Rapporteur Report: Collaborations, Combating the "Rich-Club Effect," and "Mapping" Open Education Policy (Webinar 16)

Webinar Presentations: Thursday, Sept. 30

European Academic Libraries at work: let’s build capacity. Together.
Paola Corti
Norwegian Digital Learning Arena as a sustainable organization model
Margreta Tveisme
Is the ‘Rich-Club’ Effect Impoverishing Our Open Communities?
Max Mahmoud Wardeh and Sarah Hutton
Landscapes, maps and territories of open education policy - where do we go from here?
Leo Havemann and Javiera Atenas

Number of participants: 35

Countries of the participants: Sweden, Australia, US, Netherlands, France, Ireland, England, Norway, South Africa, Italy, and others.

Corti: Overview of European Network of Open Education Librarians – Importance of a wide range of activities to engage the network (e.g. OE Drops). Developing resources to advocate for Open and promote the UNESCO OER Recommendation. Developing an OE Learning Path for Librarians. Creating Wakelet page with resources. Sharing, collaborating, pooling efforts.
Tveisme: Overview of the National Digital Learning Arena. Their model: a “sustainable flow of competency.” Teachers come from the classroom, work with them, and then return to their schools with new competencies. Governance from across the country and use of public funds spent on public service, all resources developed are openly licensed. Challenges include ensuring quality, perceptions of OER as a threat to traditional publishers, changing politics.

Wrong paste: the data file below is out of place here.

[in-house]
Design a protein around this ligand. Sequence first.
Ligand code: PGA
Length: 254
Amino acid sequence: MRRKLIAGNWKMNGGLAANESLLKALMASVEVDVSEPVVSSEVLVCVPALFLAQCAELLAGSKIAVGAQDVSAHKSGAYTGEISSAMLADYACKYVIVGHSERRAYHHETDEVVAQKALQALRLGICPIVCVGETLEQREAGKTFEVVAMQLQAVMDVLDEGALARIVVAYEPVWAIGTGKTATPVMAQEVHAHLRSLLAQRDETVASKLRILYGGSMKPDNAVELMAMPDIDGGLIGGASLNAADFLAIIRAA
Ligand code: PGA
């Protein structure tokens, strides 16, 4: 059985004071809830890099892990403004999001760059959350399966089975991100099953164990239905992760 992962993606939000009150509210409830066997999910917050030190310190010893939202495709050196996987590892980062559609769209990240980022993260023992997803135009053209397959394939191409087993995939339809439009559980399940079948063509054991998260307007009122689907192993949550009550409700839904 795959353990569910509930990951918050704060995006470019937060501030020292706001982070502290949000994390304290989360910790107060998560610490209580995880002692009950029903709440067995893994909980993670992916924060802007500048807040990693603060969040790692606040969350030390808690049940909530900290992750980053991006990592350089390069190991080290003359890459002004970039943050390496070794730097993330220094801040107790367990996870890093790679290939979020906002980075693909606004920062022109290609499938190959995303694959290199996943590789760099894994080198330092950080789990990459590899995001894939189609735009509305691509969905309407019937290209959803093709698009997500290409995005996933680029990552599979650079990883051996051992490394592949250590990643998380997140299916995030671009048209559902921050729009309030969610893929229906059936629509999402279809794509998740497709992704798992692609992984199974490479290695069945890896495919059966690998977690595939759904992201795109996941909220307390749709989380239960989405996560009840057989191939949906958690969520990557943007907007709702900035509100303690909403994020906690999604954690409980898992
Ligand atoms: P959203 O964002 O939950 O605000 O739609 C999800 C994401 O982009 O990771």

Wardeh and Hutton: Described the impact of the “rich-club phenomenon,” based on research that looked at resources on Github. Pointed out direct correlation between institutional status and amount of funding.
Havemann and Atenas: Overview of the landscape of Open policy. Outlined a pyramidal OE policy infrastructure, types of OE policies and distribution of them around the world. Considered ethical/technical elements. Provided a visual analysis of complex policies.

Key Findings:

  • Challenges of collaborations: various languages, working in different timelines
  • Importance of Librarians as OE allies.
  • Those building knowledge commons need to mitigate the effects of the rich-club phenomenon.
  • The need to invite community members to lead, not just participate, to ensure equity of resource production and dissemination.
  • With Open, we need to be willing to let go of our creations.
  • You need vision, values, and passion to do this work.

Good ideas and strategies in to help support the implementation of the Recommendation in general and through the activities of the UNESCO Dynamic OER Coalition in particular:

  • Collaboration, networking, and sharing are crucial for sustainability (e.g. participants asked how they can get involved in the work of the UNOEL).
  • Involve “decision makers” in OER work.
  • Calls for “wildly collaborative” and “radical openness”

Complex issue related to the area: Language barriers working across cultures – how can we alleviate this?

Technology issue: Need to make sure that code used to develop open platforms is itself open and accessible. “Then we are really talking about sustainability” (Tveisme).

Overall, an insightful, multi-perspective and -cultural session providing strategies to collaborate across networks and institutions, develop effective and impactful policies, and avoid potential challenges and pitfalls to working in Open Education, including equitable resource allocation and others.